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The Human Exodus

Today marks the 21st anniversary of the tragic internal displacement of Jaffna, a northern city of Sri Lanka.

I was fifteen at the time. I was living with my sister who had just finished her Advanced Levels and my brother who had started to practice as an English teacher. Both my parents were not in the town by then. My cousin sister hosted a Deepavali fiesta with a delicious mutton curry and yellow rice as per my family’s usual festive custom. My tummy was full after three or four servings and I could barely walk. “Kaushalya akka, I never had such Deepavali lunch ever after!”

It was around three in the afternoon, an announcement was made throughout the entire Valigamam region that people are to be moved from the town before the dusk. Three wheel auto vehicles (Tuk Tuk) were running around the city with loudspeakers on their top announcing the news. Sri Lankan Army had initiated a military operation, was marching towards the city from the north and there was a rumor that it had reached as far as to Achchuveli and Kopai, just few kilometers from the town, and little time left before the only few routes to Chavakachcheri getting cut off. A potential fighting breakout in a civilian dense area could create a humanitarian disaster. Most of us started panicking after the announcement and the sky rocketing rumours. My sister had no idea what to do and we hardly knew anybody living in Chavakachcheri. Where could we go?

Unfortunately, there was no other option but to evacuate. We packed our suitcases. We had two or three “posh” suitcases from Middle East where our father worked in the early eighties. We packed some clothes, kitchen utensils, grocery items, Jewelry and our school text books. We tied the suitcases on our bicycle carriers with nylon rope. There had always been some dilemma on what to take and not. Would you go for the valuables? Valuables in what sense? An expensive camera against a kilo of rice? A big television box against a thermo flask and a kettle? You never know. You never know when you would be able to come back. May be next day, may be in a week time or in a month.

In our case, it was two long years!

My sister had only one thousand rupees at that time. Brother might have had another couple. I had twenty rupees which I kept in my shorts pocket. I also secretly kept my tennis ball and the cricket bat in the suitcase, something my sister wasn’t aware of. Had she known, couple of drumsticks would have replaced bat’s place. I had a big suitcase in my carrier. Two “Chandrika” bags on both sides of the front handle and, obviously, my backpack with school books. My sister had a similar setup so had my brother. He also had an extra sack full of things on his cycle bar. Our plan is to leave early so that we could reach Chavakachcheri town before it gets dark. Chavakachcheri is merely seventeen kilometers away from Jaffna town and it wouldn’t take little more than an hour before we get there. That’s what we thought.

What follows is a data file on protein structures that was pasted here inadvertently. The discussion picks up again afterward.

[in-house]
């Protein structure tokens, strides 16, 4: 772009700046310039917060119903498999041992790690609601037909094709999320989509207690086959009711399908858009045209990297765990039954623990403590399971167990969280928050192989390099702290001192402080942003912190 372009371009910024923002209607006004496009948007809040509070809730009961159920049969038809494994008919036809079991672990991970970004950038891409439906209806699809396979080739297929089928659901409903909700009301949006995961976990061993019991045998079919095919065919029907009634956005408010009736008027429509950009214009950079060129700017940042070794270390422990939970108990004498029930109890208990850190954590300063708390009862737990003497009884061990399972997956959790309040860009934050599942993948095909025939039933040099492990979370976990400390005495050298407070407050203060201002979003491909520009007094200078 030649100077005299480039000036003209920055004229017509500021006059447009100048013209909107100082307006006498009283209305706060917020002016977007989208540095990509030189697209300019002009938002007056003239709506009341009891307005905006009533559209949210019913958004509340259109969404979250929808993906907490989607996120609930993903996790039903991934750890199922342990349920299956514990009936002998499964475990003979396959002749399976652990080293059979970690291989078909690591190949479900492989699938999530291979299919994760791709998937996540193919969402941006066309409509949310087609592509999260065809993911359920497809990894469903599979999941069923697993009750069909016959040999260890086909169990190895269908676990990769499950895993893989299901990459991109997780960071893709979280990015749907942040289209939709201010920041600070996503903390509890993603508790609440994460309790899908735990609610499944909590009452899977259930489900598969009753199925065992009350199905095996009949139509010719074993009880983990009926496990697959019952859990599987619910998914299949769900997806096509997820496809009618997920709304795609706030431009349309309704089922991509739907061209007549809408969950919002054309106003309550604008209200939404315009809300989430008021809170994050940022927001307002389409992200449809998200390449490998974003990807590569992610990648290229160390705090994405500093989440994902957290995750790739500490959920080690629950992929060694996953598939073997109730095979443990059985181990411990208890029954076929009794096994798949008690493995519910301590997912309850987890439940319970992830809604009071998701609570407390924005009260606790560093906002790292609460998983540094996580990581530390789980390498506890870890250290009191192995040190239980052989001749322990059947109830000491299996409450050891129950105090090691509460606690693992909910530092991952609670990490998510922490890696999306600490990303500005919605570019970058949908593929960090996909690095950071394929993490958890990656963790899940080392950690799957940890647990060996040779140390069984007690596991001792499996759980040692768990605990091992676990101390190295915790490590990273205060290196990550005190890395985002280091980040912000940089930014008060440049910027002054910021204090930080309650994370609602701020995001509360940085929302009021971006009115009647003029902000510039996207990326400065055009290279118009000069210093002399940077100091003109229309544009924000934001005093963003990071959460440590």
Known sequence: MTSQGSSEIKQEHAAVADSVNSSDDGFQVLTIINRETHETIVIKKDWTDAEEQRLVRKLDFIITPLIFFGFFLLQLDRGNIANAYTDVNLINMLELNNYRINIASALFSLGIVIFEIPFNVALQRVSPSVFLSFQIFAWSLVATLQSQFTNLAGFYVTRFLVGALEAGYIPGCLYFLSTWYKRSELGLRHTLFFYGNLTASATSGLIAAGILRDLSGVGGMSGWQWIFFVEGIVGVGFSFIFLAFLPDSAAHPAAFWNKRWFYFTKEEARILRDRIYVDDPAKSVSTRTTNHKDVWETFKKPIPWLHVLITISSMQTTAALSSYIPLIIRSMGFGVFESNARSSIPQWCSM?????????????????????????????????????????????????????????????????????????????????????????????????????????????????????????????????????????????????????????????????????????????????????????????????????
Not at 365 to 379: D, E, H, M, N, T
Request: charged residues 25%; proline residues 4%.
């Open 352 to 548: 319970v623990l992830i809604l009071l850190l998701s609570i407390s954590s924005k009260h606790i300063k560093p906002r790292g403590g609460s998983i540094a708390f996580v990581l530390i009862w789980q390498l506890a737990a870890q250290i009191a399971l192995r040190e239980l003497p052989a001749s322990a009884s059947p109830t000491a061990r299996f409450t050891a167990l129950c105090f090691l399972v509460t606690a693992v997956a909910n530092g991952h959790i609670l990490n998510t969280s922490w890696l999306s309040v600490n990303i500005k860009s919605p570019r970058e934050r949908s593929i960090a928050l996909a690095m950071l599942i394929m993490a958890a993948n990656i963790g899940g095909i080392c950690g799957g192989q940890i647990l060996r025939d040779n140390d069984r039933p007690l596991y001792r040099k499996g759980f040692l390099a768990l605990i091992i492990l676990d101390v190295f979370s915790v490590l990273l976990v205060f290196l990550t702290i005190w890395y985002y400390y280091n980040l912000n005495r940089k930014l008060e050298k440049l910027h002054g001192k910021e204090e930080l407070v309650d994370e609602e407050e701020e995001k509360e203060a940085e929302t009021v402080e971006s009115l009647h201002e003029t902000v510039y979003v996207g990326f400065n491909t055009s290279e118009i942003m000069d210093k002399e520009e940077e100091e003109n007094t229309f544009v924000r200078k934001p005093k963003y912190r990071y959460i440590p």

We started pedalling. By the time we reached Nallur temple area, we realized it’s going be a nightmare. The traffic was so congested we could hardly even walk, let alone pedaling. The whole Jaffna city of ten hundred thousand people was moving on the narrow street to Chavakachcheri like wounded snails. 

Nothing helped us. The sky started to drizzle. The nylon knot of the suitcase started to lose its grip. My Bata slipper was giving trouble and the imbalance of the weight didn’t help pushing the bike either. A chaos. 

The time was dripping so did we. Every kilometer of our walk literally consumed more than two hours. In between, many things happened. The army started to shoot para-lights in the area, a usual sign before any bombings. Couple of war planes flew over us too. Fortunately they retreated, a rare katabasis. We were hungry and tired. We soon lost our brother in the chaos. Me and my sister were holding together somehow. But around 1 a.m. in the morning, we too got separated. We both were screaming and crying, calling each other’s name, so did so many other people too for their missing ones. Luck was on our side, we somehow managed to find each other in half an hour time. That half an hour period was my worst nightmare ever. It also helped our relationship to an extent that we became inseparable there on. 

We reached Chavakachcheri in the morning around eight, took us almost sixteen hours to get there, what should have been an hour long cycle ride in normal circumstances. We then moved to Palai, another three hours long journey, stayed there for a month before getting displaced to Vanni where we lived for the next two years. 

This longest worst nightmarish walk should never have happened. Sri Lankan ethnic conflict is ugly and ruthless. Both the warring parties were responsible for this and many other humanitarian chaos in the country. Sri Lankan army shouldn’t have been shelling and air bombing the civilian areas during their course. On LTTE’s behalf, they should have handled this situation better. It makes sense asking the people to displace from the vulnerable areas. But it doesn’t make sense asking people to do it in a single night for political advantages. I have to say, my experience is nothing compared to what unraveled during the last phases of Sri Lankan civil war. Yet this was my experience, a brutal unforgettable and probably life changing one too. My beloved city of Jaffna was never the same. 

I was never the same either.

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